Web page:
Chestplate of Altair (5).JPG

(All the individual plates stored after the paint dried)

Now you can begin fitting your panels together. My chest plate had multiple segments for a single part, so I had made each panel separately. Start by aligning the panels, making sure they overlap correctly and then use CA glue or hot glue to hold them together. It really helps to use a little 80 grit sandpaper to remove the paint on the areas where the pieces contact each other, as this will promote adhesion. Hot glue is great for glopping over the back of each panel to reinforce each segment, whereas CA glue will form permanent bonds in small contact areas. You must know when to use which glue.

After assembling the panels, I then measured and cut my nylon straps to fit around my chest. It’s generally better to measure how much is required, and then add a few inches to each side. It can always be trimmed down, but it is a pain if your straps are too short. Make sure your straps properly align and have sufficient overlap. Now would be a good time to stitch the Velcro onto the ends of the straps, and double check that the straps properly fit onto you and can be adjusted.

Now I attached my straps to my armour with blind rivets, but you can just as easily do so with just epoxy if you don’t want anything visible from the outer side of the armour. 2 part Epoxy is reasonably easy to use and can be purchased from any hardware store. To attach my straps, I started by poking a hole in the middle of the fibers with a needle, and widening the hole in the fibers until the rivet could fit through. I inserted the rivet through the hole in the plate, placed the strap onto the rivet, and then placed a washer over it. While holding everything in alignment, use the rivet tool to draw the rivet and strongly fasten the panel, strap and washer together. It helps to either use a clip to hold the pieces in alignment, or have a friend help. After fixing the structural rivets holding the straps to the armour, I went in with a hot glue gun to further secure the straps and prevent them moving around. Frequently checking how the armour fits and sits is important, some straps may need to be redone to fit better. Next I put in the decorative rivets, which weren’t holding any straps and were just there for looks. My finishing touches were to trim the straps to the right length, and paint the faces of the rivets gold to suit the armour. Putting dabs of PVA glue like fevicol can help prevent any threads from coming undone.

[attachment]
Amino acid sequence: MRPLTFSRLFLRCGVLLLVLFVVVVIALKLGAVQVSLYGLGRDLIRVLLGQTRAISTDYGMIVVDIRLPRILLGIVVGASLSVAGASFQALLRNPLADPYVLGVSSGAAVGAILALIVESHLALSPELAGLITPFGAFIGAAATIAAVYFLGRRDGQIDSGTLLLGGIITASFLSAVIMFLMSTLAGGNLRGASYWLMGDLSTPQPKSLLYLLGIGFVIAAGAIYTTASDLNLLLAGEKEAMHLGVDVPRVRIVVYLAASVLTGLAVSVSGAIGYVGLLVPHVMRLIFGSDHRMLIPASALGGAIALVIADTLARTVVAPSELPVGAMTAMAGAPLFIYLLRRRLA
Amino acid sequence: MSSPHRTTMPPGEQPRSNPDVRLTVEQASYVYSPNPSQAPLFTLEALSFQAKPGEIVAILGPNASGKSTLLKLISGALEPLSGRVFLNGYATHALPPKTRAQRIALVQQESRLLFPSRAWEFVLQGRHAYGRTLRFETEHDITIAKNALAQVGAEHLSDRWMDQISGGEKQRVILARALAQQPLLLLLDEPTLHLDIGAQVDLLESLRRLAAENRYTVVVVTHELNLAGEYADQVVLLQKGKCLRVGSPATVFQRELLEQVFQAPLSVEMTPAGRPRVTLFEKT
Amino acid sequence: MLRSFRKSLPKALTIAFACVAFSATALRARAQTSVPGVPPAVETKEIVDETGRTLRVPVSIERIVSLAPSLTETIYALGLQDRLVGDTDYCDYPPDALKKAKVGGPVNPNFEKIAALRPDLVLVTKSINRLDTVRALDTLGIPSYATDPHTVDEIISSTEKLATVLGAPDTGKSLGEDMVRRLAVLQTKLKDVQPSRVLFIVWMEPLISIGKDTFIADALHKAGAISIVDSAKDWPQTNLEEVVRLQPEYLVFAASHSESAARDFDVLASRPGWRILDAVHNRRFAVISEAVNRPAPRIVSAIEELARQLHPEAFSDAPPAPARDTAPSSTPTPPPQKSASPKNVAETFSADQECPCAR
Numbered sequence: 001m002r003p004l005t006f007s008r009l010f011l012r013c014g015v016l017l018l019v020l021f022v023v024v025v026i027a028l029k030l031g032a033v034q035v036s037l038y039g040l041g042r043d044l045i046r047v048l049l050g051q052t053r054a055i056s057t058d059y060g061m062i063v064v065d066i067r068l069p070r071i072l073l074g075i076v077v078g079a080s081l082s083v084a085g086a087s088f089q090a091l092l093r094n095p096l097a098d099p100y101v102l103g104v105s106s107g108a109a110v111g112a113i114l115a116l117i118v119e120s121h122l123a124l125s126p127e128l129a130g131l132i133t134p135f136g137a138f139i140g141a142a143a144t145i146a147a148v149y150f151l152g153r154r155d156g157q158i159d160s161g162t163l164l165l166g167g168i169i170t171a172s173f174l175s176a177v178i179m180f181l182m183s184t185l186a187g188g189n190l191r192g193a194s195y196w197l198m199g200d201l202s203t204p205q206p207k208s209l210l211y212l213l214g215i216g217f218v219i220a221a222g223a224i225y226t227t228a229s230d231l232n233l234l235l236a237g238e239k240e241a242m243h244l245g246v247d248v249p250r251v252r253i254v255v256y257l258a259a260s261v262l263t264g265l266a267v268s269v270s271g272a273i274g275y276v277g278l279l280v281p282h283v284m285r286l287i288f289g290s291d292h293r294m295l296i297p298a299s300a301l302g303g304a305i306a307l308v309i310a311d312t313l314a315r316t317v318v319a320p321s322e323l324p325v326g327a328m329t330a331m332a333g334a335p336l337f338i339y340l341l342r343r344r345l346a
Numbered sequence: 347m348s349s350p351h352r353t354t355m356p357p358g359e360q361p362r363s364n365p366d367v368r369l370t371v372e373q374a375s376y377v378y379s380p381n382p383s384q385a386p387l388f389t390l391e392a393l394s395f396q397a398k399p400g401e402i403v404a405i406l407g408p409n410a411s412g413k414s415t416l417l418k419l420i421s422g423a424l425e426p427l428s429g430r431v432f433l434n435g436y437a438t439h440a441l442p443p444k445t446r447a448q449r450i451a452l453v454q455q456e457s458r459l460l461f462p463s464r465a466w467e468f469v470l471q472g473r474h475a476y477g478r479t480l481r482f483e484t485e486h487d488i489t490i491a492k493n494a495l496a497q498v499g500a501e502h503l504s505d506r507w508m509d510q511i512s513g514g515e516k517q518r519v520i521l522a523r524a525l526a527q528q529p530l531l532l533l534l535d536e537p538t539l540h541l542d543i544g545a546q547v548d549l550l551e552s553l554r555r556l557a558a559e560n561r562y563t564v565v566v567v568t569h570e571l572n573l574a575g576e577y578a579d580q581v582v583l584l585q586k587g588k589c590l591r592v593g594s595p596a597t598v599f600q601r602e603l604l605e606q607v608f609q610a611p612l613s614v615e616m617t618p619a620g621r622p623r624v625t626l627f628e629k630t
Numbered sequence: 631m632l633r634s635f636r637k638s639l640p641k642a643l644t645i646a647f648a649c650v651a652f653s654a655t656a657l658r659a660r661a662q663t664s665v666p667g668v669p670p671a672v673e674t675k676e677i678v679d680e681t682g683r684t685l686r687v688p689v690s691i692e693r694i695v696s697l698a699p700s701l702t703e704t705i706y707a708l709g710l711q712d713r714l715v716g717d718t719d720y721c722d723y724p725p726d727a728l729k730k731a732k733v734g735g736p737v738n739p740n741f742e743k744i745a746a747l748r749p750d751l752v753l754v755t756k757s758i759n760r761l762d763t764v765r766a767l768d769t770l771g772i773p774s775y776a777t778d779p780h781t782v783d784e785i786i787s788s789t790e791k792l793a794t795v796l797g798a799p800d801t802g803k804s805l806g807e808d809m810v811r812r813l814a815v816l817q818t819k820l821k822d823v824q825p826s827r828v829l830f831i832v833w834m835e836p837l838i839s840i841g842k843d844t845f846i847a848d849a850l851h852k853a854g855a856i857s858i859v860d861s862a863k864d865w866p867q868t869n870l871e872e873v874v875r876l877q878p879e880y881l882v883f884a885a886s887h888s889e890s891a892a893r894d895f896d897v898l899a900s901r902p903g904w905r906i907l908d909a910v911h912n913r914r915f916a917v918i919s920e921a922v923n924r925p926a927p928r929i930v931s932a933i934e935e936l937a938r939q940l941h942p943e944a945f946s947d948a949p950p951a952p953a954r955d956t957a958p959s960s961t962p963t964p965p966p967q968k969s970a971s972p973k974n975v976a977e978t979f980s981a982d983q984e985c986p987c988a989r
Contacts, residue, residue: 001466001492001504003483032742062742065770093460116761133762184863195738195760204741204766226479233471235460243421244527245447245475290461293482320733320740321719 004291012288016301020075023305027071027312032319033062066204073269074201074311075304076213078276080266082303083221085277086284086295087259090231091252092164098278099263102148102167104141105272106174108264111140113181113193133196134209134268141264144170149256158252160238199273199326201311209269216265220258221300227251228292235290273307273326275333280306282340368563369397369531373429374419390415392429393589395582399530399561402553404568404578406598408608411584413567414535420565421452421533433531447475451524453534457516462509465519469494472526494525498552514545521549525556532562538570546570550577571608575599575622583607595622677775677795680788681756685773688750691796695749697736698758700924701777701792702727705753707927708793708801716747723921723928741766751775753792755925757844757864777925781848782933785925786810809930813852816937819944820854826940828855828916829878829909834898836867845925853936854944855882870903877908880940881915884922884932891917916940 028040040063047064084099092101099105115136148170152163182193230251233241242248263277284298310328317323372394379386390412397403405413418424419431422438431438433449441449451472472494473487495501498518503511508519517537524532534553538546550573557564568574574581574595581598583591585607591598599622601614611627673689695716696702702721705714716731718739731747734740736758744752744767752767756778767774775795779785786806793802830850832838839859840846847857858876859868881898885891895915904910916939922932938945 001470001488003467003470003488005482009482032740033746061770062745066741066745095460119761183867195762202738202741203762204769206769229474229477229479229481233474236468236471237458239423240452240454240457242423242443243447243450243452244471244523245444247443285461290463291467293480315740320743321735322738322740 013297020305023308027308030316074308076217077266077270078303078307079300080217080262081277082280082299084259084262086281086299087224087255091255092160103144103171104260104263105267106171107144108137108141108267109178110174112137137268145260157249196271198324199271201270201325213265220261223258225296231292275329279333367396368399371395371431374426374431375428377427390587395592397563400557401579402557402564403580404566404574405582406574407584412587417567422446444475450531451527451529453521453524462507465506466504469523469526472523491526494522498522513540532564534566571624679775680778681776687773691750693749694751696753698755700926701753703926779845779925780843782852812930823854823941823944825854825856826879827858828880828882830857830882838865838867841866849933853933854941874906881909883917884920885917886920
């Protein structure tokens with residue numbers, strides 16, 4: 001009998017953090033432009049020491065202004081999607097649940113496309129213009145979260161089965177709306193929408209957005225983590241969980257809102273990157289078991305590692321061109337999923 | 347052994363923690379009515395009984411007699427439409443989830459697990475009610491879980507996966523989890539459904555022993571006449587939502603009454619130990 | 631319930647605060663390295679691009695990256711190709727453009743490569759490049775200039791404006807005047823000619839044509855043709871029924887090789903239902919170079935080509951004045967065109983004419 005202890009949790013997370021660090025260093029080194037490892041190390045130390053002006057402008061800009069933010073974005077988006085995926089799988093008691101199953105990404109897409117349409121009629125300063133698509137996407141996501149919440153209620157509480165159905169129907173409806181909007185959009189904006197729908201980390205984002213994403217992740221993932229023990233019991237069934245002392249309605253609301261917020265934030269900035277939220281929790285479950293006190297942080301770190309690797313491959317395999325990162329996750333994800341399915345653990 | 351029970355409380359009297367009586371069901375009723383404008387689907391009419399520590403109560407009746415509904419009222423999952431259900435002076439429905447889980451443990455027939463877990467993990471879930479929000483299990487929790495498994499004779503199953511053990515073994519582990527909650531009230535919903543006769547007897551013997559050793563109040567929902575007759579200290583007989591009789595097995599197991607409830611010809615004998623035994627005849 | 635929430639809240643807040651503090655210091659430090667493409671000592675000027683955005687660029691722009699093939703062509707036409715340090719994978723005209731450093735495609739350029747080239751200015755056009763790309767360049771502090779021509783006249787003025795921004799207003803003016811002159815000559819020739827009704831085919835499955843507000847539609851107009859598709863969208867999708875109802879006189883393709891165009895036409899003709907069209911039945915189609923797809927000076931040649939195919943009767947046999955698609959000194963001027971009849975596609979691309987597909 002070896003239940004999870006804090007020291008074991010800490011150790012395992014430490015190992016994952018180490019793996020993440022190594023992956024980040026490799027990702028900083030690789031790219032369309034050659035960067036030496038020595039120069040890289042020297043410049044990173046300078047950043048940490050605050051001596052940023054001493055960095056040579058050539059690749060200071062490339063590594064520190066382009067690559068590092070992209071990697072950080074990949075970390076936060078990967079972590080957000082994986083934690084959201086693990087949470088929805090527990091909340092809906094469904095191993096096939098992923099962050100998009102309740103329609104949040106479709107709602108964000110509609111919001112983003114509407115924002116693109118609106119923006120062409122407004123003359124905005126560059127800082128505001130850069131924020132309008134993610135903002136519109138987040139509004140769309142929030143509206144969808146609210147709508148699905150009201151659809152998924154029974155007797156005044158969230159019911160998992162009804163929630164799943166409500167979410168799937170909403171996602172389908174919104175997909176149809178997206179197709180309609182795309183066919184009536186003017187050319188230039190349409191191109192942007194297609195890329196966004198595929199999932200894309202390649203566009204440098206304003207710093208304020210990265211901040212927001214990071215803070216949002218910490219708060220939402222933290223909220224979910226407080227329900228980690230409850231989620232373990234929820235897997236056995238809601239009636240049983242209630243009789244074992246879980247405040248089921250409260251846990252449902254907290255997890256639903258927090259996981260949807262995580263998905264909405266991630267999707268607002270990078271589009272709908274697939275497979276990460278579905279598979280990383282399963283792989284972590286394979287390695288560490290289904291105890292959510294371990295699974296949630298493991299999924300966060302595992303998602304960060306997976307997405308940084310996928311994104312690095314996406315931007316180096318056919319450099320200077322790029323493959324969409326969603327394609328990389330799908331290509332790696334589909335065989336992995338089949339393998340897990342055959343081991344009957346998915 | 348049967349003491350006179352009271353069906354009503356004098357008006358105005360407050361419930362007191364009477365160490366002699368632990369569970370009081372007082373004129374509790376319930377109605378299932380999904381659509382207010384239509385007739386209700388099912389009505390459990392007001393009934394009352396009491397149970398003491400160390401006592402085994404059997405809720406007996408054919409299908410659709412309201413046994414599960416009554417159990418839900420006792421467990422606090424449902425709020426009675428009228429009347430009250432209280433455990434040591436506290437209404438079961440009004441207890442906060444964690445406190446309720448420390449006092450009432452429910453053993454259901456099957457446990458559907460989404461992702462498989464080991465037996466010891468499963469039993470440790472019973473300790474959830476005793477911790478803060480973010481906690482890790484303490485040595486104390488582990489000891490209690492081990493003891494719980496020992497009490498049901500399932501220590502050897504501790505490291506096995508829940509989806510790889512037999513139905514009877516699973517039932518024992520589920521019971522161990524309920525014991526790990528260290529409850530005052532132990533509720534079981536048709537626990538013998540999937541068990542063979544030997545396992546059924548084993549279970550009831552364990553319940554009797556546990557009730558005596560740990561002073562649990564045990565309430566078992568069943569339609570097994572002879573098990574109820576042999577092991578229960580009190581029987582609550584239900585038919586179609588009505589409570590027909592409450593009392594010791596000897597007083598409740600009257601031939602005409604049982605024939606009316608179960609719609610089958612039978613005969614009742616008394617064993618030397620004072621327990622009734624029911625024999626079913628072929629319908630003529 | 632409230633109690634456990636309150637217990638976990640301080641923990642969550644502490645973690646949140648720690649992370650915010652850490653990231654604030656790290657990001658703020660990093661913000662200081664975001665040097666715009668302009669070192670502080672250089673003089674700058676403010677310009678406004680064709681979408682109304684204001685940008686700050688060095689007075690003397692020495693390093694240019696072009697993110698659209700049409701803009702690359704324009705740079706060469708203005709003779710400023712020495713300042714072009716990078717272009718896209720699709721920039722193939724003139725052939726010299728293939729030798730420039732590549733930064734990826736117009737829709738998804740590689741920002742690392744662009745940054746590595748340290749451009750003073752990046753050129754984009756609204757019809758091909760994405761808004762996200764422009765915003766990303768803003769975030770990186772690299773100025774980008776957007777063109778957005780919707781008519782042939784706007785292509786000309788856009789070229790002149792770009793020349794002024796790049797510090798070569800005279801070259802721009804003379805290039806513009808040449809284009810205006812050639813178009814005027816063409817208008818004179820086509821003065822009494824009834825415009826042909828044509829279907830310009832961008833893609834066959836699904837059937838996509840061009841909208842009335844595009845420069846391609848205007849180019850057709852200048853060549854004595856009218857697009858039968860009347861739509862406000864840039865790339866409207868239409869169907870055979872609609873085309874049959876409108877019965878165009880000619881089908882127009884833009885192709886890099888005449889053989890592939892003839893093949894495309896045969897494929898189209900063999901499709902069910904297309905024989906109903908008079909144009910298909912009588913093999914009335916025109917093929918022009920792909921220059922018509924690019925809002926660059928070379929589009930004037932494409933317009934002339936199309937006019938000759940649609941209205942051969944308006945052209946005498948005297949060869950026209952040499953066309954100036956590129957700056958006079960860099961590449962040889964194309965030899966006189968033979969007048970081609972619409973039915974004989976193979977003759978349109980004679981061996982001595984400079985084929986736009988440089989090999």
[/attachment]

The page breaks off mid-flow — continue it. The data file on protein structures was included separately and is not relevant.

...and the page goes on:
(Attaching the straps to the plates)

(All straps attached, you can see that there is a pair of straps going over my shoulders, and pair of straps going under my armpits. This very firmly secures the plates to my body, but still allows movement. Notice the string in the lower left of the first picture, this is tied behind my back to prevent the front plates’ lower edges from moving too much)

After attaching all the straps, you are done! Strap the armour on, and have a friend photograph you from several angles, making sure that it fits well, looks good, and is comfortable to wear. Remember, Comic con is crowded, and generally swelteringly hot. Adjust the straps to ensure they fit well, don’t cut off circulation or scratch you in uncomfortable places, and generally align well with you. Move around in your armour, maybe go for a short jog, to see how the armour rides on your body. It may help to add additional straps or discreet strings to help support your armour. I had to add a small string to the lowest part of my front chest plate to hold it balanced on my torso, else it would flop forward.

 

That is about it for my cosplay build log for my Armour of Altair chest plate. I’m a slow worker, and I’m still striving to counter my shaky hands and improve the quality and detail of my props. I hope that this build log/tutorial helps you in making and improving your own costume, and feel free to email or message me if you have any queries.

That’s all I’ve got to say, I really hope that this will benefit as many people as possible, and help you all to improve your costumes. Let’s make India a star onto the world cosplay map!